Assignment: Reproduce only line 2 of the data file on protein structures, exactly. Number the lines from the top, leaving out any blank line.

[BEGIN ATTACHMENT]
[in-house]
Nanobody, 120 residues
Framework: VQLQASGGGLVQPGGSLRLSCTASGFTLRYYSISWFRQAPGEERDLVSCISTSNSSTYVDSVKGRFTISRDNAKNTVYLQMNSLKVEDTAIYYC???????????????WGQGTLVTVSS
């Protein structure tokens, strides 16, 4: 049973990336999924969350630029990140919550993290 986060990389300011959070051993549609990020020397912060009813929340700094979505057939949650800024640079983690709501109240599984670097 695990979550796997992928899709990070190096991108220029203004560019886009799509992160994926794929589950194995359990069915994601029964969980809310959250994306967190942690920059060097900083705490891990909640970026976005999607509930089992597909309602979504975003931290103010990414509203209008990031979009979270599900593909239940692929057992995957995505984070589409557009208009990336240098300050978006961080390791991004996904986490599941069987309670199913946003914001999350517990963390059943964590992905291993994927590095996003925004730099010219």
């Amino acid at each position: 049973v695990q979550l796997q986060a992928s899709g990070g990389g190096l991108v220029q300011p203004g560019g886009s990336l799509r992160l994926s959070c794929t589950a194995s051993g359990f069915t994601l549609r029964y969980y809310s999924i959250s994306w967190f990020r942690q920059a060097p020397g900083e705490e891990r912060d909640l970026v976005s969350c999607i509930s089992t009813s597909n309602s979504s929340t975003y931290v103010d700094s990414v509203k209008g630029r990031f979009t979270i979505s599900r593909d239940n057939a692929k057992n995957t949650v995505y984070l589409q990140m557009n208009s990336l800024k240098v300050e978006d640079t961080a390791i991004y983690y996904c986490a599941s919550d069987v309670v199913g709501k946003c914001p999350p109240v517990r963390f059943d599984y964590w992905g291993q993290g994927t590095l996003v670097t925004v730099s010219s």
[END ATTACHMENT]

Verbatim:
Nanobody, 120 residues